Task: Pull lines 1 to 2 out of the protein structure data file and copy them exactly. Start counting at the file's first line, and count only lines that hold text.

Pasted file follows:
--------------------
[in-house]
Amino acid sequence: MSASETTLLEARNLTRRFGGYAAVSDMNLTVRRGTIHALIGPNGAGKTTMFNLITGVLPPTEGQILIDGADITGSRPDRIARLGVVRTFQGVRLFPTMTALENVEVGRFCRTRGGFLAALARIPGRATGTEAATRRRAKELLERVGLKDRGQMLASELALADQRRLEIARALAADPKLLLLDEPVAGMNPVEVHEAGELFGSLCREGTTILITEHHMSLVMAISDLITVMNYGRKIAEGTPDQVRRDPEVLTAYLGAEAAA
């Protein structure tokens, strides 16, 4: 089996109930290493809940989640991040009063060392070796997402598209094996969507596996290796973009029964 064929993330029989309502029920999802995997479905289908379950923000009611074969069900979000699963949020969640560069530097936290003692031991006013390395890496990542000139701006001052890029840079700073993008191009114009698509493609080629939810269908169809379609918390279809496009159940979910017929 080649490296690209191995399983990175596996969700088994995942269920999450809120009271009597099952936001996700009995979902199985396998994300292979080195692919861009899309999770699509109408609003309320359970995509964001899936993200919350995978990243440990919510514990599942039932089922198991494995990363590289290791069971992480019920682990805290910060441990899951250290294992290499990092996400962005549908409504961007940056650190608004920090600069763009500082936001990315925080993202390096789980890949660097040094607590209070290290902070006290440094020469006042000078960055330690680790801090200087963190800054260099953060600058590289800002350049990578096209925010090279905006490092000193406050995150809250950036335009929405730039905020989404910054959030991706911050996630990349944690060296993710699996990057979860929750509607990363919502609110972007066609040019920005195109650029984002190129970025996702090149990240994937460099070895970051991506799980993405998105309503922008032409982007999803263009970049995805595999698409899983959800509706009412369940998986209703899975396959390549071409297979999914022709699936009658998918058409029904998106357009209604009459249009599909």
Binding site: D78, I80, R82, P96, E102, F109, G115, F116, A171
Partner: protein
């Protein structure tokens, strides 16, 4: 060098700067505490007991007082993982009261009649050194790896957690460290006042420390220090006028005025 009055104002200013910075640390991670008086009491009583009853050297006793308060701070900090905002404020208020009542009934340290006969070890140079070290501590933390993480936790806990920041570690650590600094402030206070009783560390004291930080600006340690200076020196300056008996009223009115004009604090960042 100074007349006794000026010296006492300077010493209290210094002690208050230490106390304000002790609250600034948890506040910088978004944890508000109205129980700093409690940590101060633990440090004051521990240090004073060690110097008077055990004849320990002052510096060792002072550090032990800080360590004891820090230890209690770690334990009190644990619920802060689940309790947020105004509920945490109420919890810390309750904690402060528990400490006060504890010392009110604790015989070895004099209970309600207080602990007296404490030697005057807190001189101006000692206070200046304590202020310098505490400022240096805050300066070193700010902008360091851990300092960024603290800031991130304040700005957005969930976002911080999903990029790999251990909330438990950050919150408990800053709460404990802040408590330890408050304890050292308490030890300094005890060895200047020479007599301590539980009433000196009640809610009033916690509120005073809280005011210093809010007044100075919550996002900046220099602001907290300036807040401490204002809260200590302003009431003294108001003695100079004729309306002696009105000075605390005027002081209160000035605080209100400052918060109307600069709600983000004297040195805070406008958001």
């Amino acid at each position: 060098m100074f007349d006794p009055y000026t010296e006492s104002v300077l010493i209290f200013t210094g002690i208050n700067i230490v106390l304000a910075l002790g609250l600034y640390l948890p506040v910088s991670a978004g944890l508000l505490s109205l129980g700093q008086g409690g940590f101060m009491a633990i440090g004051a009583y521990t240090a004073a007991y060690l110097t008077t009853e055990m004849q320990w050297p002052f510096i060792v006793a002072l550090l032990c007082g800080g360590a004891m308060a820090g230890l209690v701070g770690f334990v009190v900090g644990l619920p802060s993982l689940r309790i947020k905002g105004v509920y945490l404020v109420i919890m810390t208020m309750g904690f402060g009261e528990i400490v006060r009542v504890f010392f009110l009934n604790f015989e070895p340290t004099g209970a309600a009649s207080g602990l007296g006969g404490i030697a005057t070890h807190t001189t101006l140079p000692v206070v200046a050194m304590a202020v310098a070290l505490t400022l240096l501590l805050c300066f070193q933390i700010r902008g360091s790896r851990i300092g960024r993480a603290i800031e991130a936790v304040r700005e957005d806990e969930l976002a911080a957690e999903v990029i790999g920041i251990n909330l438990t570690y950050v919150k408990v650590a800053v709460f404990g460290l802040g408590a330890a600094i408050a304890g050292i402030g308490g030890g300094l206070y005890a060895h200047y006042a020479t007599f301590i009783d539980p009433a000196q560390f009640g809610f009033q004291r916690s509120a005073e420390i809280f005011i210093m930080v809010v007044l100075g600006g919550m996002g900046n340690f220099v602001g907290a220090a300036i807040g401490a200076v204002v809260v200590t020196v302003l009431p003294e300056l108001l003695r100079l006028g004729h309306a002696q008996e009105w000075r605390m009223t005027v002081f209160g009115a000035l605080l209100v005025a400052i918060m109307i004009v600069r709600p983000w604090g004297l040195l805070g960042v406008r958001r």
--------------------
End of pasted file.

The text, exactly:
[in-house]
Amino acid sequence: MSASETTLLEARNLTRRFGGYAAVSDMNLTVRRGTIHALIGPNGAGKTTMFNLITGVLPPTEGQILIDGADITGSRPDRIARLGVVRTFQGVRLFPTMTALENVEVGRFCRTRGGFLAALARIPGRATGTEAATRRRAKELLERVGLKDRGQMLASELALADQRRLEIARALAADPKLLLLDEPVAGMNPVEVHEAGELFGSLCREGTTILITEHHMSLVMAISDLITVMNYGRKIAEGTPDQVRRDPEVLTAYLGAEAAA